Microsporum canis, for which the natural hosts are cats and dogs, is the most prevalent zoophilic agent causing tinea capitis and tinea corporis in humans. We present here a diagnostic PCR test for M. canis, since its detection and species identification is relevant to the choice of treatment and to the understanding of a probable source of infection. An M. canis-specific PCR was evaluated using 130 clinical isolates of dermatophytes (including M. canis [n = 15] and 13 other species), 10 yeast or mold isolates, 12 hair and skin samples from animals with or without experimental M. canis infection, and 35 patient specimens, including seven specimens positive for M. canis and 15 dermatophyte negative samples. All pure cultures, animal specimens and clinical samples with M. canis were detected by the PCR test, whereas none of the other fungal isolates or samples without M. canis was negative. This study indicates that the PCR test for M. canis identification applied directly to patient specimens or animal hair, as well as to clinical isolates had 100% specificity and sensitivity.
Dermatophytosis in individuals with human immunodeficiency virus infection seems to manifest with atypical, multiple, or extensive lesions more frequently. In addition, there are reports of presentations with little inflammation, called anergics. Less common etiologic agents have been isolated in these individuals, such as Microsporum species. To describe clinical aspects and etiologic agents of dermatophytosis in individuals with human immunodeficiency virus (HIV) infection. Patients with clinical diagnosis of dermatophytosis underwent scarification for mycological diagnosis through direct microscopic examination and fungal isolation in culture on Sabouraud dextrose agar. Sixty individuals had a clinical hypothesis of dermatophytosis. In 20 (33.3%) of the 60 patients, dermatophytosis was confirmed through a mycological study. Tinea corporis, diagnosed in 14 patients, was the most frequent clinical form, followed by tinea unguium in 7, tinea cruris in 5, and tinea pedis in 1 patient. Most of the lesions of tinea corporis were anergic. Five patients with tinea unguium had involvement of multiple nails, with onychodystrophy as the predominant subtype. Multiple cutaneous lesions occurred in 3 patients and extensive cutaneous lesions in 4. Regarding the agent, Trichophyton rubrum was the most commonly isolated. The high occurrence of anergic skin lesions and involvement of multiple nails, especially as onychodystrophy, corroborates the hypothesis that atypical, disseminated, and more severe presentations are common in individuals with HIV infection. However, no Microsporum species was isolated even in atypical, extensive, or disseminated cases, in disagreement with previous reports. Therefore, the approach of squamous lesions in HIV-positive patients must include a mycological study, in view of the possibility of anergic dermatophytosis, to promote the introduction of a suitable therapeutic agent.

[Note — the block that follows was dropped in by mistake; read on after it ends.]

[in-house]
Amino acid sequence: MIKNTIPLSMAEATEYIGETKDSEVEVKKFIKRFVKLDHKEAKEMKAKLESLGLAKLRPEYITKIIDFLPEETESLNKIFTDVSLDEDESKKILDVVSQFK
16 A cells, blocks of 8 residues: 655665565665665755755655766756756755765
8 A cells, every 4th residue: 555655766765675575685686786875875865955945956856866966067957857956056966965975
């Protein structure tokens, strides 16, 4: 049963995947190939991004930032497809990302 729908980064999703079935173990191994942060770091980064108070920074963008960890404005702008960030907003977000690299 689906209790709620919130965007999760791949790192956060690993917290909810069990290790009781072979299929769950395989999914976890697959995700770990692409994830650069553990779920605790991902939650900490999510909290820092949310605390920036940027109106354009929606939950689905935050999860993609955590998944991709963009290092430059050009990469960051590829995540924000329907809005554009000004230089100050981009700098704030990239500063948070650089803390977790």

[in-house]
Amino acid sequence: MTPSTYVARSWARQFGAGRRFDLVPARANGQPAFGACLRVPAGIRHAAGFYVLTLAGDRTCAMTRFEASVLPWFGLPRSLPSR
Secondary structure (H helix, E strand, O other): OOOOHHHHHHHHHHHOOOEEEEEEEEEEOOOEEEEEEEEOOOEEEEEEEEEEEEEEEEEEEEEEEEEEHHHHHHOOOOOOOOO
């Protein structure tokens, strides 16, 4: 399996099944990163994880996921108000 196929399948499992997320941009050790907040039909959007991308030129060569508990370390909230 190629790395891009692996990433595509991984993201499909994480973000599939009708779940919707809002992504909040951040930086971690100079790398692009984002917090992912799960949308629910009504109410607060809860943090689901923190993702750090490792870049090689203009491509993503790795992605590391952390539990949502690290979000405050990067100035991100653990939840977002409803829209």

Tinea infections are caused by dermatophytes and are classified by the involved site. The most common infections in prepubertal children are tinea corporis and tinea capitis, whereas adolescents and adults are more likely to develop tinea cruris, tinea pedis, and tinea unguium (onychomycosis). The clinical diagnosis can be unreliable because tinea infections have many mimics, which can manifest identical lesions. For example, tinea corporis can be confused with eczema, tinea capitis can be confused with alopecia areata, and onychomycosis can be confused with dystrophic toenails from repeated low-level trauma. Physicians should confirm suspected onychomycosis and tinea capitis with a potassium hydroxide preparation or culture. Tinea corporis, tinea cruris, and tinea pedis generally respond to inexpensive topical agents such as terbinafine cream or butenafine cream, but oral antifungal agents may be indicated for extensive disease, failed topical treatment, immunocompromised patients, or severe moccasin-type tinea pedis. Oral terbinafine is first-line therapy for tinea capitis and onychomycosis because of its tolerability, high cure rate, and low cost. However, kerion should be treated with griseofulvin unless Trichophyton has been documented as the pathogen. Failure to treat kerion promptly can lead to scarring and permanent hair loss.